While flawed, at least these are serious proposals to reduce our long-term structural deficit, which should be given serious consideration. Placed in contrast to Republican privatization schemes and massive transfer of wealth to the super-rich, the commission proposals respect the character of landmark New Deal and liberal Democratic programs. Social Security is the single most successful retirement program ever devised by the mind of man. As the New York Times said:
“What is important is that the proposal preserves the system’s basic character and successful design: the young support the old via payroll taxes and the rich help the poor via a benefits formula that favors the neediest.”There are three areas, at least, that I agree in principle with the commission:
First, before these midterm elections, I might have thought differently on this topic, but no longer. The spectacle of senior citizens voting in overwhelming numbers for Republicans who want to (a) privatize Social Security, (b) turn Medicare into a voucher program, and (c) repeal healthcare reform, utterly disgusted me. Especially since these seniors rely so heavily on Medicare and Social Security.
Their ingratitude and hypocrisy should be rewarded with immediate means testing of Social Security and Medicare. If they’re wealthy enough to afford it, drop them from the government rolls. Immediately. They voted Republican, so now let them pay the consequences with a nice letter from the SSA saying “we regret to inform you that given your income bracket you no longer qualify for Social Security benefits.”
Perhaps it’s a pipe dream, but how cool would it be (sorry if this is harsh, but their betrayal is outrageous) to serve all those white Teabaggers riding around in their scooters at the Glenn Beck rally and screaming at Obama their walking papers from sucking off the government trough, thanks to rigid Tea Party principles and bipartisan deficit-reduction commission recommendations. It would be justice served to the rich, selfish, and greedy croakers who clung to their entitlements while voting to throw everybody else under the bus.
The concept that rich seniors should pay more for their benefits makes sense. Social Security and Medicare have helped millions of seniors to retire in comfort and health. Now, for the richest seniors among us, it’s time they gave something back.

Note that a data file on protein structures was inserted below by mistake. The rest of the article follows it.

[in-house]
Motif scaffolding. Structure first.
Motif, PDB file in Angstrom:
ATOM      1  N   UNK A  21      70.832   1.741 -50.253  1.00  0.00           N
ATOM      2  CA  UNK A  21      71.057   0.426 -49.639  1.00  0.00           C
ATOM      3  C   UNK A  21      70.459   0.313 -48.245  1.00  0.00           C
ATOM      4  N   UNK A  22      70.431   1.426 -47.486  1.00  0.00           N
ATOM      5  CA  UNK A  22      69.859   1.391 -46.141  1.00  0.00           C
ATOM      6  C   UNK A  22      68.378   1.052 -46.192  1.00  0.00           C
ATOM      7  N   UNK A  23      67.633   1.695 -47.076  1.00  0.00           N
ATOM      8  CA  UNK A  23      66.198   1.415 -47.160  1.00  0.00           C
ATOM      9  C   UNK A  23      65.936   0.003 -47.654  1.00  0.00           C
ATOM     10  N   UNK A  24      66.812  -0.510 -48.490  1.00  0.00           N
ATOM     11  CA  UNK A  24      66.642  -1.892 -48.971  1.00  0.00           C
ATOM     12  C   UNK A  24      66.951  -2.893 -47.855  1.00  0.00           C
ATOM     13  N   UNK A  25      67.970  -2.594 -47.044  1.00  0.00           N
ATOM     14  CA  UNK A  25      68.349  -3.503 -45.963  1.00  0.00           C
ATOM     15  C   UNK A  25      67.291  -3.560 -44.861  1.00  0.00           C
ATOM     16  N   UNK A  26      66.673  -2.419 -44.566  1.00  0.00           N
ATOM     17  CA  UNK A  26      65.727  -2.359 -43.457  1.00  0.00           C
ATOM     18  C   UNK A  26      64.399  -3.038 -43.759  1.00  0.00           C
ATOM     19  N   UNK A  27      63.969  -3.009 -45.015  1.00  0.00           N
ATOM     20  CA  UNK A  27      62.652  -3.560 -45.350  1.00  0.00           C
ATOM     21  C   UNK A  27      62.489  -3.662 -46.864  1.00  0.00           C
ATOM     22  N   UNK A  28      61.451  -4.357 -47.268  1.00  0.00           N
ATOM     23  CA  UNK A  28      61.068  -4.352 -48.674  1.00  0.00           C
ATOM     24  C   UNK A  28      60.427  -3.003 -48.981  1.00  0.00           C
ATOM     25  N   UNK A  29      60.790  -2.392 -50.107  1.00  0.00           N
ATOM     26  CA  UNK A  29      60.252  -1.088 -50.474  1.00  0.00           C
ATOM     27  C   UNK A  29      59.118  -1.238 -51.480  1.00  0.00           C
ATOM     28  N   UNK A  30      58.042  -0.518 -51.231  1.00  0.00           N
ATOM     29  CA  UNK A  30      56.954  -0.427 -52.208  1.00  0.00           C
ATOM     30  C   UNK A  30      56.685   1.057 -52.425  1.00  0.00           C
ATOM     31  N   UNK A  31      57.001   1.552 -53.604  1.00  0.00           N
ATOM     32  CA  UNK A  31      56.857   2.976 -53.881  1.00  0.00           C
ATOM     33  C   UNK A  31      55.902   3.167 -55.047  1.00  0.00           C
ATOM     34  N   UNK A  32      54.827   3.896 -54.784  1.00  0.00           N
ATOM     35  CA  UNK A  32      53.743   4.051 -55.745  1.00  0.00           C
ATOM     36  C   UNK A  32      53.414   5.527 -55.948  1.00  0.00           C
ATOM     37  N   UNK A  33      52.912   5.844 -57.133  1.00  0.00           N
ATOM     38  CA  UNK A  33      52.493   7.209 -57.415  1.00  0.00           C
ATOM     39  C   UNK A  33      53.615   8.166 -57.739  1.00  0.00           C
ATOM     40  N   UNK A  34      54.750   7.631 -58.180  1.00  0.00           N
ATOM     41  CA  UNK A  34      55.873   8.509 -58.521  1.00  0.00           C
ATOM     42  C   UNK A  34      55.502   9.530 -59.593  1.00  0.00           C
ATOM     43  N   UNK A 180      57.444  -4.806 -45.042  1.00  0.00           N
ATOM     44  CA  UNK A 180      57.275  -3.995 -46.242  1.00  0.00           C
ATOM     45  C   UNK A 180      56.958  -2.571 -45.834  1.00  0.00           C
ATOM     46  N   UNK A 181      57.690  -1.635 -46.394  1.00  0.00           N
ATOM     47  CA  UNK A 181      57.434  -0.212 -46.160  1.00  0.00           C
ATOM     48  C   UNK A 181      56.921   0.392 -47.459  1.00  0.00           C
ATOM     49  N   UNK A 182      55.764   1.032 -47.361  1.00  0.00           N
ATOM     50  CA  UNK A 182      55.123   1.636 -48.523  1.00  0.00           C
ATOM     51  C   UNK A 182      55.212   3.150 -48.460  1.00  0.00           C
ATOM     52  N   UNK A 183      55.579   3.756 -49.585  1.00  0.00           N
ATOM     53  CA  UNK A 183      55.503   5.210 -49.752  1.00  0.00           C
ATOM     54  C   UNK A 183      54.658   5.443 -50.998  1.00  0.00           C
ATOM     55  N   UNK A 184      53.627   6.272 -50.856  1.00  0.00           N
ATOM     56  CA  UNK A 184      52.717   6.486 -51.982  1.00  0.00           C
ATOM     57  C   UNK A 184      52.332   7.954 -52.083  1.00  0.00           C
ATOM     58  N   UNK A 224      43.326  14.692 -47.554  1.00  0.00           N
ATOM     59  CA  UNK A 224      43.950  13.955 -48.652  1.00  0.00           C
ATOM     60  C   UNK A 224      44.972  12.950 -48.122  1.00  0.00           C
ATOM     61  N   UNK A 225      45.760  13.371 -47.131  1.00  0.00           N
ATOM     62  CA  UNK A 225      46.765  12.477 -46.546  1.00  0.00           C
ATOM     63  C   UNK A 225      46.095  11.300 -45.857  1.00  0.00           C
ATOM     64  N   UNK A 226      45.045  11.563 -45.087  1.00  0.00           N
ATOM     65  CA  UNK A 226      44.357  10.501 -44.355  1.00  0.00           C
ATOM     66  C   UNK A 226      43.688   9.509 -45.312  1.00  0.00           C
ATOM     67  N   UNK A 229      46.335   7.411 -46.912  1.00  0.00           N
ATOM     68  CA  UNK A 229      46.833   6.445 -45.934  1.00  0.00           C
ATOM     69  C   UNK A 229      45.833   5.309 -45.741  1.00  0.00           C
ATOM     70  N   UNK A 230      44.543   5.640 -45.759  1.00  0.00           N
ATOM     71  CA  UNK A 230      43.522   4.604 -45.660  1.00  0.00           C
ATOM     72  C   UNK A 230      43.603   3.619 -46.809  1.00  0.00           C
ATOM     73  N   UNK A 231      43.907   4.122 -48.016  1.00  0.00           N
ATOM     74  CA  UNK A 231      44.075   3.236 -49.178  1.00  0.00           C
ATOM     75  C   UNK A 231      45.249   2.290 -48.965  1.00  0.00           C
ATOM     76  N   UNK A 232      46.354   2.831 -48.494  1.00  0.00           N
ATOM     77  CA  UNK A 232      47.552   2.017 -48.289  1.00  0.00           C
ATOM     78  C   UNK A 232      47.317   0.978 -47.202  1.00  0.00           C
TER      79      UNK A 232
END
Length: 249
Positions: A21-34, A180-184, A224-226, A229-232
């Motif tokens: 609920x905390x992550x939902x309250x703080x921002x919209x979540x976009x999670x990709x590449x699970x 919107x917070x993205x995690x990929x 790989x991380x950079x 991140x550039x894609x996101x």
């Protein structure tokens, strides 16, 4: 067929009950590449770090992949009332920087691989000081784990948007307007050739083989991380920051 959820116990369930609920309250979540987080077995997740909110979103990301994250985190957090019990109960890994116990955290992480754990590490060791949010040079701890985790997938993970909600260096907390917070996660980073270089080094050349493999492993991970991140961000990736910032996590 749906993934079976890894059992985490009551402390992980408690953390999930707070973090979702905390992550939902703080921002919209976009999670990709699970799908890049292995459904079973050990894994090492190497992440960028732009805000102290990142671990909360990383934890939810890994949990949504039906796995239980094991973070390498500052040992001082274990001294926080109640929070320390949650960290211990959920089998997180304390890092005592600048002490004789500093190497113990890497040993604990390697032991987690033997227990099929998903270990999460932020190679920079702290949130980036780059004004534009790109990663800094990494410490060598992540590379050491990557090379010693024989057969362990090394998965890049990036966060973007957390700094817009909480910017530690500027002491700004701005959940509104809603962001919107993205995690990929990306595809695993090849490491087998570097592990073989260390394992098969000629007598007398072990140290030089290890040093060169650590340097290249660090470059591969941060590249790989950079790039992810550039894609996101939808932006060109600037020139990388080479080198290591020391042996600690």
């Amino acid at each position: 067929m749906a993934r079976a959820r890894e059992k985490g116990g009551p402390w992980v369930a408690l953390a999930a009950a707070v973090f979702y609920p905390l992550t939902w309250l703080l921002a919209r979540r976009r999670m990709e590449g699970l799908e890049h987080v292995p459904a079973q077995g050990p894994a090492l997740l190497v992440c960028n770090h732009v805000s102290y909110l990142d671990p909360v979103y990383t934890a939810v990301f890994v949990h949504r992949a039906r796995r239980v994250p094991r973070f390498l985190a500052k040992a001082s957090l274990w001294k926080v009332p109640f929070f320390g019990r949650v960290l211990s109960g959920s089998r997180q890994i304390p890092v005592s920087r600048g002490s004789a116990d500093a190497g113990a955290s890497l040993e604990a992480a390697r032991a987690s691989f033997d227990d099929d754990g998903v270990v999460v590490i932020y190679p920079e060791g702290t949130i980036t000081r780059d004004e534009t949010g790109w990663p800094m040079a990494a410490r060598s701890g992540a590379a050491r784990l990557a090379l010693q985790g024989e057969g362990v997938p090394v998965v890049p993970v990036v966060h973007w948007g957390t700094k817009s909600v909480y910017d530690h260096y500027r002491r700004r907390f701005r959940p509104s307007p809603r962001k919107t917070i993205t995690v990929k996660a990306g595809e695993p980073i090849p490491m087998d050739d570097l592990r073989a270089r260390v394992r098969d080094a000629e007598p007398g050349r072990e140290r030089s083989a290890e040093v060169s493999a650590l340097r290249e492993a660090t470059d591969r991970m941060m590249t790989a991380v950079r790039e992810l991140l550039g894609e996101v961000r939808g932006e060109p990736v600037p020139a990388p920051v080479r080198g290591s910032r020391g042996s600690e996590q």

But of course, even in a decimated state on the House side, Democrats will get out there and defend the integrity of the program for all Americans of every generation. Republicans will demagogue the issue and bribe selfish and greedy seniors into supporting them by promising to slash benefits in Social Security and Medicare for everyone under the age of 40. That’s a fact and that’s their strategy to protect seniors and screw the middle class. It gives a whole new meaning to the term of art, grandfathering.
recognized the new healthcare law as a key deficit reducer, by hundreds of billions, especially in the out years after 2014. This is what the nonpartisan CBO calculated early on regarding a law that is paid for (i.e., deficit-neutral) and extends the life of Medicare for many years into the future, while providing insurance for 95 percent of uninsured Americans.
Further, and most significantly, the commission reinstates a version of the Public Option. It was dismissed somewhere as a “bone” to progressives, but I disagree. The Public Option is perhaps the single most effective mechanism to keep private insurance costs down. CBO has estimated it will save upwards of $100 billion over ten years, and even more into the future. That it was included in the commission’s draconian preliminary report validates what progressives have been saying all along.
More broadly, the commission has affirmed the rationale and urgent necessity of the sweeping reforms enacted by the last Congress. As the petulant Tea Party children were yelling and screaming about healthcare reform, and now angrily and ignorantly demand its repeal, the adults have spoken, and said basically, you’re all a bunch of dumbasses who don’t know the first thing about this. Setting aside the wonkish deficit-reduction components of healthcare, the fact the commission is not prepared to scrap or defund this law is huge.
Finally, defense cuts. The defense industry is a self-perpetuating monster that consecutive Democratic and Republican administrations (mostly Democratic; the Republicans presided over massive increases in defense) have been unable to tame ever since President Eisenhower warned us to beware of the “military-industrial complex.”
We can begin by recognizing that the Cold War is over, and we no longer have a Soviet threat to contend with. The Russian military is more preoccupied with quelling uprisings in its former republics, and no longer constitutes a credible threat to Western Europe. Its navy is largely in mothballs. The most immediate military issue between Russia and the U.S. is containing the spread of nuclear weapons and reducing the overall number of warheads and delivery systems.
As a draft proposal to reduce the deficit the commission report may be DOA. But at least it’s a serious initiative put together by adults. That alone sets it apart from all the screaming and shouting infants, mostly on the Tea Party/Republican side.